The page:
TechWhirl (TECHWR-L) is a resource for technical writing and technical communications professionals of all experience levels and in all industries to share their experiences and acquire information.
For two decades, technical communicators have turned to TechWhirl to ask and answer questions about the always-changing world of technical communications, such as tools, skills, career paths, methodologies, and emerging industries. The TechWhirl Archives and magazine, created for, by and about technical writers, offer a wealth of knowledge to everyone with an interest in any aspect of technical communications.
Subject:Re: use of he/she/they From:Tim Covil <covil_t -at- WIZTEC-USA -dot- COM> Date:Tue, 12 Aug 1997 17:03:27 -0400
>BTW, your sample sentence has so much going on that it is confusing
>(there's an I, an us, and a he/she/them); also, your "boss" seems to be
>a specific person, and so would presumably have a specific gender.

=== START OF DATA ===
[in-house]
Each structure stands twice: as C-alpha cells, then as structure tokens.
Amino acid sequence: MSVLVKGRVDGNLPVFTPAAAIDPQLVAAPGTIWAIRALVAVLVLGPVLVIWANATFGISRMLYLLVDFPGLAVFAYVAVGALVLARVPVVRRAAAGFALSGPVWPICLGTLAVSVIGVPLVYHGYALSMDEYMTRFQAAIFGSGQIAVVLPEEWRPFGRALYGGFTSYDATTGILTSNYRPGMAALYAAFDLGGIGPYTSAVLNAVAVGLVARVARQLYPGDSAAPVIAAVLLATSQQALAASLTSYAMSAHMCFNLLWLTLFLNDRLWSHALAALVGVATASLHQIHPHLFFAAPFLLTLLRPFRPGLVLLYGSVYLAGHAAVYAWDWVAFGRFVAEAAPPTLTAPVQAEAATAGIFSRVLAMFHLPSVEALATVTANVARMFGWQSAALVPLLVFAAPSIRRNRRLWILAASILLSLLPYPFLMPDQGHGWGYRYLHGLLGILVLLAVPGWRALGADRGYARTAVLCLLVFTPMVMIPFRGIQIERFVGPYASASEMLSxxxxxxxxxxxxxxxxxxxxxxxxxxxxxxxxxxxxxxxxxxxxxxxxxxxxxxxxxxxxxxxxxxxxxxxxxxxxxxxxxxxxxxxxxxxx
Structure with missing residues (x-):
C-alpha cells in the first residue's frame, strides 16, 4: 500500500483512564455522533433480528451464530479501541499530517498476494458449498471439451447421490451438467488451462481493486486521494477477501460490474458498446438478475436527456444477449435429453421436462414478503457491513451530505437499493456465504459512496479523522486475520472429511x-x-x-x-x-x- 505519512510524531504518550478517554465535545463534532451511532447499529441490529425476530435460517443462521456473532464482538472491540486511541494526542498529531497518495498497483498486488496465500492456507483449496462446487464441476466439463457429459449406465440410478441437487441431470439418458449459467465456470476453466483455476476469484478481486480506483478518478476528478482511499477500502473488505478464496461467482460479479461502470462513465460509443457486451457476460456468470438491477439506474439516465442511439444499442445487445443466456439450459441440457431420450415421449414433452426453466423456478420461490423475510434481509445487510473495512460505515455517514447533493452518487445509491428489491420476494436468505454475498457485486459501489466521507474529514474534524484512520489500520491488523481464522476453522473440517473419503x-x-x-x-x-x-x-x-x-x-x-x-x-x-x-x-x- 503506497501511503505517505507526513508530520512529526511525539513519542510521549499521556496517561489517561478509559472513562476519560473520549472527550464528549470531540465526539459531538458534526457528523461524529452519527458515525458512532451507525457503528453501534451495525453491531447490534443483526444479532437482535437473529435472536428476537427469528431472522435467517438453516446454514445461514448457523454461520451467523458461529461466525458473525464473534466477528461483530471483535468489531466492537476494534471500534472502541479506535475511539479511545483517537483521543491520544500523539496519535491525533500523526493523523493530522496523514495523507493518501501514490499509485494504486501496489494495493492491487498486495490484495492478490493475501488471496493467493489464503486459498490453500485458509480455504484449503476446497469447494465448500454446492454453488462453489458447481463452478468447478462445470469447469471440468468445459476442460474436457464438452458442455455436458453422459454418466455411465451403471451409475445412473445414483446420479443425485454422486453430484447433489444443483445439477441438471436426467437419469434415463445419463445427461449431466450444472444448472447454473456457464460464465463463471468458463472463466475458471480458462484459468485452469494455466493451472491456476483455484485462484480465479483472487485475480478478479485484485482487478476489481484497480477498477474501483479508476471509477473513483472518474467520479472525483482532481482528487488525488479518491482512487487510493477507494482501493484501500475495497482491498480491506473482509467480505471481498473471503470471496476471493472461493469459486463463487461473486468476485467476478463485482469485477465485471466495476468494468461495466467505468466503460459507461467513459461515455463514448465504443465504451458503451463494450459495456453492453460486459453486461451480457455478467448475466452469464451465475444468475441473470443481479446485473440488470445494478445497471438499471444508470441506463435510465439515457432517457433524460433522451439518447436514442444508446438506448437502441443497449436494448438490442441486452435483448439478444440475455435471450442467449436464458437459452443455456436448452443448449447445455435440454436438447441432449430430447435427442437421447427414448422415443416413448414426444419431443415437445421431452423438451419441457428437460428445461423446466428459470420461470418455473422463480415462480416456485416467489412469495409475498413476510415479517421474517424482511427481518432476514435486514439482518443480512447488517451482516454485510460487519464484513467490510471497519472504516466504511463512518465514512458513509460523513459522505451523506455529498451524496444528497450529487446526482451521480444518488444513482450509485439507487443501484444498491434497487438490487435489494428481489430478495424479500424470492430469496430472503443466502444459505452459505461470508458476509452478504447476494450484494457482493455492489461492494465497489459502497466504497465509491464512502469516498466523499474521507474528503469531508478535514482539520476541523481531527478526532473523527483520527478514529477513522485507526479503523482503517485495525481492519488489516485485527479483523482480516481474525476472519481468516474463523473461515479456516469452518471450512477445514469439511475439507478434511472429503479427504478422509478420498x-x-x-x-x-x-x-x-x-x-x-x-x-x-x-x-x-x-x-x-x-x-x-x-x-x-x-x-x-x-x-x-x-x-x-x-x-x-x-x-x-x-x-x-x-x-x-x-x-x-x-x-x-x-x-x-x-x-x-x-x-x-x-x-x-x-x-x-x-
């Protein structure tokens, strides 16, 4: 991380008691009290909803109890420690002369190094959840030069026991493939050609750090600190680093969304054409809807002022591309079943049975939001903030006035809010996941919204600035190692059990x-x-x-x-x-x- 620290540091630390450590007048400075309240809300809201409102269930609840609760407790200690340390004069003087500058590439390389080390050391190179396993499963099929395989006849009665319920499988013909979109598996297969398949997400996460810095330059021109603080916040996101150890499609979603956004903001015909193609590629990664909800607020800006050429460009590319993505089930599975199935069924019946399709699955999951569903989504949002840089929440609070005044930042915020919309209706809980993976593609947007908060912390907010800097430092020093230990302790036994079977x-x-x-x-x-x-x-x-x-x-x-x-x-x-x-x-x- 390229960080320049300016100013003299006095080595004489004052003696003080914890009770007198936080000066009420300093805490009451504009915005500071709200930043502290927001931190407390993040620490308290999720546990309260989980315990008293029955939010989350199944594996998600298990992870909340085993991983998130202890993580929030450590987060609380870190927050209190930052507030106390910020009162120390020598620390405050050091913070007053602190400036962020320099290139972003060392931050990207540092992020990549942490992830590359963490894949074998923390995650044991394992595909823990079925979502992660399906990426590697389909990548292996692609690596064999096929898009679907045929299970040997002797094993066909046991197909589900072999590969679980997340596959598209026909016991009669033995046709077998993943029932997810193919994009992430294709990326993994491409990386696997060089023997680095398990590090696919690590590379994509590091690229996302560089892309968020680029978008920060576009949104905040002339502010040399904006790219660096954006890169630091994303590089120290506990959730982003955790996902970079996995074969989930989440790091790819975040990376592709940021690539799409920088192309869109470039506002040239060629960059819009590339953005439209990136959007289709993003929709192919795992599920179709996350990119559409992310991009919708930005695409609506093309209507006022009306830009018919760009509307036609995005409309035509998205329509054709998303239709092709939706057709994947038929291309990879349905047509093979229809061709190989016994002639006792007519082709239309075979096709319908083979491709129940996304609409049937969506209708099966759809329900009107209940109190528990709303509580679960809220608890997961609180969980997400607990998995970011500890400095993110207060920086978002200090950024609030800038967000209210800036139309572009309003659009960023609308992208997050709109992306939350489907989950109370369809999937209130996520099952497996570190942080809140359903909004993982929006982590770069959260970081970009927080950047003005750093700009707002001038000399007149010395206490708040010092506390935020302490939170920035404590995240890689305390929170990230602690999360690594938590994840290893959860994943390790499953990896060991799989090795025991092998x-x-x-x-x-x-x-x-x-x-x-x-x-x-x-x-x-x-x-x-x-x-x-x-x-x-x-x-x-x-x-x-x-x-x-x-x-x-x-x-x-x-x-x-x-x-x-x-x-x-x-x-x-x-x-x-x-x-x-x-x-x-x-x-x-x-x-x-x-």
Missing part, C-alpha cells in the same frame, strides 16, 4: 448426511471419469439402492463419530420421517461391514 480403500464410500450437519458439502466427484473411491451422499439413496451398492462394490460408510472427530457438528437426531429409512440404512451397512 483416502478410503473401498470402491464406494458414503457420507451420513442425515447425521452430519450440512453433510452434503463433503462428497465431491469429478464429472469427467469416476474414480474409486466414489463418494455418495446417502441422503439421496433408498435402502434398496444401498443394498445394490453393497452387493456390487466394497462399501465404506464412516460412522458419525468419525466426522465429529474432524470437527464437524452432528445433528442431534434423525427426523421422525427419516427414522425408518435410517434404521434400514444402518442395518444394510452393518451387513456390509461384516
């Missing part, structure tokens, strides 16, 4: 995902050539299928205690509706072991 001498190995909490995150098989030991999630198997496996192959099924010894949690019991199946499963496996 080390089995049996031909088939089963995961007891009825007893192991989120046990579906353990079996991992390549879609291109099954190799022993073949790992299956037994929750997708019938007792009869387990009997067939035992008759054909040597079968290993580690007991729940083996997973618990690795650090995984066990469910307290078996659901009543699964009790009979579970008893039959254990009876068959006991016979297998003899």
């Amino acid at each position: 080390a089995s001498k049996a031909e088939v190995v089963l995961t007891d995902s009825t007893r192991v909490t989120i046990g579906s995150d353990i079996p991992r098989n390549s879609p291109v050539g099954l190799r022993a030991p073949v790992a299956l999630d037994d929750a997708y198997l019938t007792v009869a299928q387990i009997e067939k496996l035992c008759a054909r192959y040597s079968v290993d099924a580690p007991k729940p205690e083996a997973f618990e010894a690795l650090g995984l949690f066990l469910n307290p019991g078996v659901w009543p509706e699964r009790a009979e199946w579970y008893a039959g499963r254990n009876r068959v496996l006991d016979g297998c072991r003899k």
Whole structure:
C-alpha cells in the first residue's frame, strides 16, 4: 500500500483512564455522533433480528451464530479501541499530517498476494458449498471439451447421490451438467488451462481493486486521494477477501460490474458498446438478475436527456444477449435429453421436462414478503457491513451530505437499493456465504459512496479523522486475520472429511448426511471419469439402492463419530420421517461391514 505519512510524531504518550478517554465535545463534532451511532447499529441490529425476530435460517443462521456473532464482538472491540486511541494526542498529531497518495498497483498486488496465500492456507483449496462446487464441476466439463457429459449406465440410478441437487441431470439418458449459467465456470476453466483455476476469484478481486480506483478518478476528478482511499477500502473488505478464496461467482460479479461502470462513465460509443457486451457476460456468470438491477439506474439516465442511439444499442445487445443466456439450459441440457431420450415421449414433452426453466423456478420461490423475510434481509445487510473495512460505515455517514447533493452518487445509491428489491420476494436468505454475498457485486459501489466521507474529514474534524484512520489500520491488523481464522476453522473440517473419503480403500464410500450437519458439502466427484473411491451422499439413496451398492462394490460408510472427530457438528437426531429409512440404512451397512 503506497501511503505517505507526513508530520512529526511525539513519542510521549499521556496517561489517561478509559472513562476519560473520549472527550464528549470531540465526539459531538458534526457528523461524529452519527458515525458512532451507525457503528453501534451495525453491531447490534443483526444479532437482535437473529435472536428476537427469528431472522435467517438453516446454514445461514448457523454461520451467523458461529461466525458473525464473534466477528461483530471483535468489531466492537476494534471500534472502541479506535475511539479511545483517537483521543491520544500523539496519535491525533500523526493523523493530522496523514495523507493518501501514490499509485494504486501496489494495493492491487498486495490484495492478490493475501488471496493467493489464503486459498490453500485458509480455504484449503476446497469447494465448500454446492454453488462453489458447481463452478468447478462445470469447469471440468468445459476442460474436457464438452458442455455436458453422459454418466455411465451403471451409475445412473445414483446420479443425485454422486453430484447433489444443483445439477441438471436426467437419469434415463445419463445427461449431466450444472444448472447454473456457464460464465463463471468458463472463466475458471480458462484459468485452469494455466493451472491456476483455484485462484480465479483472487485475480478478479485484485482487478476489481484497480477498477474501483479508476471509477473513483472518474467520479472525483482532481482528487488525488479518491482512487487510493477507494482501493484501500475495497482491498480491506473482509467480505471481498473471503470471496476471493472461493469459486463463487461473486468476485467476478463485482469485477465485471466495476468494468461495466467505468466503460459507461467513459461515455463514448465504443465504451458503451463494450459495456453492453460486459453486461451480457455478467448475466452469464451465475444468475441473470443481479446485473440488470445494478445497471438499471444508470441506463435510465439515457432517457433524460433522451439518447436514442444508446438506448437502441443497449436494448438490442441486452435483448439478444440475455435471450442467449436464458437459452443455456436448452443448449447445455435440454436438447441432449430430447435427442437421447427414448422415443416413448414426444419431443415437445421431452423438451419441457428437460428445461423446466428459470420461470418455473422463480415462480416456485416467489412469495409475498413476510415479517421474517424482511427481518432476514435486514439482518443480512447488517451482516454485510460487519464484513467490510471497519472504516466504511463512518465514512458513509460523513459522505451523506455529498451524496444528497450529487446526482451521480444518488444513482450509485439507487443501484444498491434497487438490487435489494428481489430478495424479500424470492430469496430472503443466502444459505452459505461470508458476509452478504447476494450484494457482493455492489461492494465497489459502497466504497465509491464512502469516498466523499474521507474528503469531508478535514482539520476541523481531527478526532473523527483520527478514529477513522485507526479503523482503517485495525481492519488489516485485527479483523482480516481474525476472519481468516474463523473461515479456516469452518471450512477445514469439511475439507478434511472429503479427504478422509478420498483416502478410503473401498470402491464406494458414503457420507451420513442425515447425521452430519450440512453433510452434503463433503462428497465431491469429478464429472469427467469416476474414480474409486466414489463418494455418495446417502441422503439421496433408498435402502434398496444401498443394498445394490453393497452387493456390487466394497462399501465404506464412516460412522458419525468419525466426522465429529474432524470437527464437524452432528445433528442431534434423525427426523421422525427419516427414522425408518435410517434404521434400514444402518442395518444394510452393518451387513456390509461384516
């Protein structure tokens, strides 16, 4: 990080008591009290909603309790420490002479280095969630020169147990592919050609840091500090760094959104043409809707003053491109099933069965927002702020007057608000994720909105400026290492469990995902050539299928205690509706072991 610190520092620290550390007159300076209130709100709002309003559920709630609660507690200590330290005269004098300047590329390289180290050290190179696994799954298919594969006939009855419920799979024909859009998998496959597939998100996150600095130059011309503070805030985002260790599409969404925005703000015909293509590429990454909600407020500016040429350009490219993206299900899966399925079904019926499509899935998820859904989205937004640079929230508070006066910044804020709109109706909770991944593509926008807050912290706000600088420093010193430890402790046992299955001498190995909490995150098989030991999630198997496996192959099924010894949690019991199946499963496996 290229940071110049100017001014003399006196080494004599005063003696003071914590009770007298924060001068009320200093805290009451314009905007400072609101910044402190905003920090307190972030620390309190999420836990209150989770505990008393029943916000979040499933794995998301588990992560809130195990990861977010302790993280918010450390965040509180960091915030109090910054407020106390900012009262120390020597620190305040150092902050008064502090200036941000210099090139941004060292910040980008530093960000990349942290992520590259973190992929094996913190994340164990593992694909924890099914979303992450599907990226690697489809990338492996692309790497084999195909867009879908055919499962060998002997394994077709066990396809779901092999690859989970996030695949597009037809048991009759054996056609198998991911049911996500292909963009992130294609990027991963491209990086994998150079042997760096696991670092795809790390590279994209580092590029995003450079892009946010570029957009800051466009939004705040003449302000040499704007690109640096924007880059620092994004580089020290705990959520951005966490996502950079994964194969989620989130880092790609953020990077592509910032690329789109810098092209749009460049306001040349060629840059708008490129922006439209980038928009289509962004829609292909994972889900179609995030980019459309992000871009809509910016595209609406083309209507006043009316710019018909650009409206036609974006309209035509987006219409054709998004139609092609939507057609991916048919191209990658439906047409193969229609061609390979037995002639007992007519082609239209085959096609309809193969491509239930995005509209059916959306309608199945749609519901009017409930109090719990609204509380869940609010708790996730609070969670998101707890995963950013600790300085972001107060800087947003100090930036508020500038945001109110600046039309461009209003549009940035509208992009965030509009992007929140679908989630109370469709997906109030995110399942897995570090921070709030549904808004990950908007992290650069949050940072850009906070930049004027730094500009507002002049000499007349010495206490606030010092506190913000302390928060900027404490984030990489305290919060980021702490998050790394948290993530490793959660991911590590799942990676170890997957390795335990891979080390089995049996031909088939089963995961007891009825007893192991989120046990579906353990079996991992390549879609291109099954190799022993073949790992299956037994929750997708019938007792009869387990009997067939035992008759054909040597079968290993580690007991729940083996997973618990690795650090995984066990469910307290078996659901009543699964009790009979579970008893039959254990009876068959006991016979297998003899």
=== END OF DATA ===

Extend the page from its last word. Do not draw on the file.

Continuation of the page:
Okay, I'll re-word. "I think you should go to the boss and see what they
think." Whether there is a lot or a little going on, it still sticks in
the craw. And MY boss IS a specific person, but you don't know the
gender, do you? This is the dilemma of the TW writing to an unseen
A wise person once taught me that you should write as you would speak.
Most people would not consciously do what you've suggested in normal
conversation. So why do it with the written word, when you have ample
opportunity to figure out a better way but still be concise?
Sorry, I just don't think there can be a situation where it "isn't
possible" to avoid pronouns.
Let me ask you this. If you applied for another TW job and you were
asked to submit a writing sample, would you send one in that features
the scenario we've discussed? If your answer is No, then my point is